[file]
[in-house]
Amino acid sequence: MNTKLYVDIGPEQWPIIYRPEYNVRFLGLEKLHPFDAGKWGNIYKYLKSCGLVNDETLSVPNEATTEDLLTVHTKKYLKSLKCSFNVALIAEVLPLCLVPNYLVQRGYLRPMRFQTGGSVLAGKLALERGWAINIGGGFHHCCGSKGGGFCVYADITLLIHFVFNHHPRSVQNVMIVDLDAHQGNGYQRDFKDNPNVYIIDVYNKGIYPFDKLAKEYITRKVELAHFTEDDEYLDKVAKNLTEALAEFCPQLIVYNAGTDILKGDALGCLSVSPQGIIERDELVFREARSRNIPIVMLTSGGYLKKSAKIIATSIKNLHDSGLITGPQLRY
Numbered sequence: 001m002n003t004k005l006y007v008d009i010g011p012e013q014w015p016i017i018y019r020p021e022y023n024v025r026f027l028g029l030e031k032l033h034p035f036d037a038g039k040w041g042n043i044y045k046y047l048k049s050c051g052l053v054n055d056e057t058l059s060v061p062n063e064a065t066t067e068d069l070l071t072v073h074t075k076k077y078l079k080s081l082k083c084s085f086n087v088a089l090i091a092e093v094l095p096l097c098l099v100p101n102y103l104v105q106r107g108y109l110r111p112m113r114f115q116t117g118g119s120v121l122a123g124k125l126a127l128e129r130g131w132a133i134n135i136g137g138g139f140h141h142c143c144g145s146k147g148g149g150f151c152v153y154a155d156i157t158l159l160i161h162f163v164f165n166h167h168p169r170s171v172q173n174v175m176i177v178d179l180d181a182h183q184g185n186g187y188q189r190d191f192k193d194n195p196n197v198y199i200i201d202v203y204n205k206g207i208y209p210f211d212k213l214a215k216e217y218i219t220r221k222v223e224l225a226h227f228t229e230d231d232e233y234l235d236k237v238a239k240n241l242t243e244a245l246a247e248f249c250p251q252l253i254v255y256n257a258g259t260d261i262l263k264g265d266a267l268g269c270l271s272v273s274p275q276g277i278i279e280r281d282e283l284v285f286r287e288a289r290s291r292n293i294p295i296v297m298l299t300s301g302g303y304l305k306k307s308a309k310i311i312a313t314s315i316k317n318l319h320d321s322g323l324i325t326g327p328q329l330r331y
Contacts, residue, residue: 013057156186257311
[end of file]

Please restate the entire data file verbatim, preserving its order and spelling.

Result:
[in-house]
Amino acid sequence: MNTKLYVDIGPEQWPIIYRPEYNVRFLGLEKLHPFDAGKWGNIYKYLKSCGLVNDETLSVPNEATTEDLLTVHTKKYLKSLKCSFNVALIAEVLPLCLVPNYLVQRGYLRPMRFQTGGSVLAGKLALERGWAINIGGGFHHCCGSKGGGFCVYADITLLIHFVFNHHPRSVQNVMIVDLDAHQGNGYQRDFKDNPNVYIIDVYNKGIYPFDKLAKEYITRKVELAHFTEDDEYLDKVAKNLTEALAEFCPQLIVYNAGTDILKGDALGCLSVSPQGIIERDELVFREARSRNIPIVMLTSGGYLKKSAKIIATSIKNLHDSGLITGPQLRY
Numbered sequence: 001m002n003t004k005l006y007v008d009i010g011p012e013q014w015p016i017i018y019r020p021e022y023n024v025r026f027l028g029l030e031k032l033h034p035f036d037a038g039k040w041g042n043i044y045k046y047l048k049s050c051g052l053v054n055d056e057t058l059s060v061p062n063e064a065t066t067e068d069l070l071t072v073h074t075k076k077y078l079k080s081l082k083c084s085f086n087v088a089l090i091a092e093v094l095p096l097c098l099v100p101n102y103l104v105q106r107g108y109l110r111p112m113r114f115q116t117g118g119s120v121l122a123g124k125l126a127l128e129r130g131w132a133i134n135i136g137g138g139f140h141h142c143c144g145s146k147g148g149g150f151c152v153y154a155d156i157t158l159l160i161h162f163v164f165n166h167h168p169r170s171v172q173n174v175m176i177v178d179l180d181a182h183q184g185n186g187y188q189r190d191f192k193d194n195p196n197v198y199i200i201d202v203y204n205k206g207i208y209p210f211d212k213l214a215k216e217y218i219t220r221k222v223e224l225a226h227f228t229e230d231d232e233y234l235d236k237v238a239k240n241l242t243e244a245l246a247e248f249c250p251q252l253i254v255y256n257a258g259t260d261i262l263k264g265d266a267l268g269c270l271s272v273s274p275q276g277i278i279e280r281d282e283l284v285f286r287e288a289r290s291r292n293i294p295i296v297m298l299t300s301g302g303y304l305k306k307s308a309k310i311i312a313t314s315i316k317n318l319h320d321s322g323l324i325t326g327p328q329l330r331y
Contacts, residue, residue: 013057156186257311